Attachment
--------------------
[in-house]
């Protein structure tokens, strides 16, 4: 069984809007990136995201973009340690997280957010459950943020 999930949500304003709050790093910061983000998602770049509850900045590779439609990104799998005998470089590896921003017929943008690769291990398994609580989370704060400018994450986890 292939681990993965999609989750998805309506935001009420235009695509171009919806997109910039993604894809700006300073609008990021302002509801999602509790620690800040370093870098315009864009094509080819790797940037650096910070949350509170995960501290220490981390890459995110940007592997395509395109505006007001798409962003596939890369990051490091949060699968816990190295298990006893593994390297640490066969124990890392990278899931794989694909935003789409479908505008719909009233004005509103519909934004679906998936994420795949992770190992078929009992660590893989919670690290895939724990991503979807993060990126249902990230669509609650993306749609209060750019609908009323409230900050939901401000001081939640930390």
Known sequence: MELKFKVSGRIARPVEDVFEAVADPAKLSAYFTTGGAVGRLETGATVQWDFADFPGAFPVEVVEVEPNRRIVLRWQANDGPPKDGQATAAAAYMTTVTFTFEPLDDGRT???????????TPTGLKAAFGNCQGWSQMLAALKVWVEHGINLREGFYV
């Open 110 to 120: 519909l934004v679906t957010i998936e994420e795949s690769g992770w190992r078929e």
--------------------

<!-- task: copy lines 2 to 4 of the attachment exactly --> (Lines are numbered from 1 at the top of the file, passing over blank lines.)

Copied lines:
């Protein structure tokens, strides 16, 4: 069984809007990136995201973009340690997280957010459950943020 999930949500304003709050790093910061983000998602770049509850900045590779439609990104799998005998470089590896921003017929943008690769291990398994609580989370704060400018994450986890 292939681990993965999609989750998805309506935001009420235009695509171009919806997109910039993604894809700006300073609008990021302002509801999602509790620690800040370093870098315009864009094509080819790797940037650096910070949350509170995960501290220490981390890459995110940007592997395509395109505006007001798409962003596939890369990051490091949060699968816990190295298990006893593994390297640490066969124990890392990278899931794989694909935003789409479908505008719909009233004005509103519909934004679906998936994420795949992770190992078929009992660590893989919670690290895939724990991503979807993060990126249902990230669509609650993306749609209060750019609908009323409230900050939901401000001081939640930390």
Known sequence: MELKFKVSGRIARPVEDVFEAVADPAKLSAYFTTGGAVGRLETGATVQWDFADFPGAFPVEVVEVEPNRRIVLRWQANDGPPKDGQATAAAAYMTTVTFTFEPLDDGRT???????????TPTGLKAAFGNCQGWSQMLAALKVWVEHGINLREGFYV
């Open 110 to 120: 519909l934004v679906t957010i998936e994420e795949s690769g992770w190992r078929e």